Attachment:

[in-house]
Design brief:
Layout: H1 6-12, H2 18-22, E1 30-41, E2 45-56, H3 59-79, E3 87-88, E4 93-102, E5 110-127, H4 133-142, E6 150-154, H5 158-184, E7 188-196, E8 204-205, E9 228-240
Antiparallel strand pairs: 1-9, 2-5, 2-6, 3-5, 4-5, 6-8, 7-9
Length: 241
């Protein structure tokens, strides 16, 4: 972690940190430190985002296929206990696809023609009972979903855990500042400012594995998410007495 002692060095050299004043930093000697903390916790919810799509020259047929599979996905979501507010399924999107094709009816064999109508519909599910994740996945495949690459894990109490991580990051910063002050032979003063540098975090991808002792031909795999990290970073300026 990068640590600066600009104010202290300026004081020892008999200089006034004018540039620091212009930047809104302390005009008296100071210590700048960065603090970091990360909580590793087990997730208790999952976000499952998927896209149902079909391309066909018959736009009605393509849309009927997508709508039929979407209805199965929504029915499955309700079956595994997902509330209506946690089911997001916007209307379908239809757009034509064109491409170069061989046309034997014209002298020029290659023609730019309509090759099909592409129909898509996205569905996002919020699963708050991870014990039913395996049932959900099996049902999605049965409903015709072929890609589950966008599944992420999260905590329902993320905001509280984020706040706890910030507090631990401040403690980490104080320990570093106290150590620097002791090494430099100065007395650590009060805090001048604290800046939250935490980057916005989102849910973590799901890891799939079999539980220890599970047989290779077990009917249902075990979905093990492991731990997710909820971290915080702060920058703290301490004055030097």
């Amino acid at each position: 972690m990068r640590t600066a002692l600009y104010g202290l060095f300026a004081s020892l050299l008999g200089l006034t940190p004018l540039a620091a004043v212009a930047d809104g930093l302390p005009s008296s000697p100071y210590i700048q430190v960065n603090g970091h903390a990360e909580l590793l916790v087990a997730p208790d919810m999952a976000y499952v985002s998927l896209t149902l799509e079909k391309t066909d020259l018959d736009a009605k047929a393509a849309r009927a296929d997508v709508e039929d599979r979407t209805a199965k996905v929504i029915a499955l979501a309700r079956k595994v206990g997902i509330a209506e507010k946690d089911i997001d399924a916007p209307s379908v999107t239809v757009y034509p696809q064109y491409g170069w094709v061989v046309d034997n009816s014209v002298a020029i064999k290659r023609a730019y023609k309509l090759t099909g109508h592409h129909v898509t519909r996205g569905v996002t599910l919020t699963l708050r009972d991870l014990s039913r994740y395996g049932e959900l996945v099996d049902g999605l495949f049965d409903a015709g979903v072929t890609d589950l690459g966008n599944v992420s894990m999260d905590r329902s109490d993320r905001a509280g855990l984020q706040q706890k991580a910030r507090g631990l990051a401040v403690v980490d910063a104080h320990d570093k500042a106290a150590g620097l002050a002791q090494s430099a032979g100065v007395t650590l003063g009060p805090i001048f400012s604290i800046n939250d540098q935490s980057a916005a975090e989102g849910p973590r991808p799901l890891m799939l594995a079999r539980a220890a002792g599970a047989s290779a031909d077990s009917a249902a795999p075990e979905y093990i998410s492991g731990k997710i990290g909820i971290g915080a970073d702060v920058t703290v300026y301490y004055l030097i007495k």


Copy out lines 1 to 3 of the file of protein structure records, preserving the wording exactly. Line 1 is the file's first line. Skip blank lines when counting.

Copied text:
[in-house]
Design brief:
Layout: H1 6-12, H2 18-22, E1 30-41, E2 45-56, H3 59-79, E3 87-88, E4 93-102, E5 110-127, H4 133-142, E6 150-154, H5 158-184, E7 188-196, E8 204-205, E9 228-240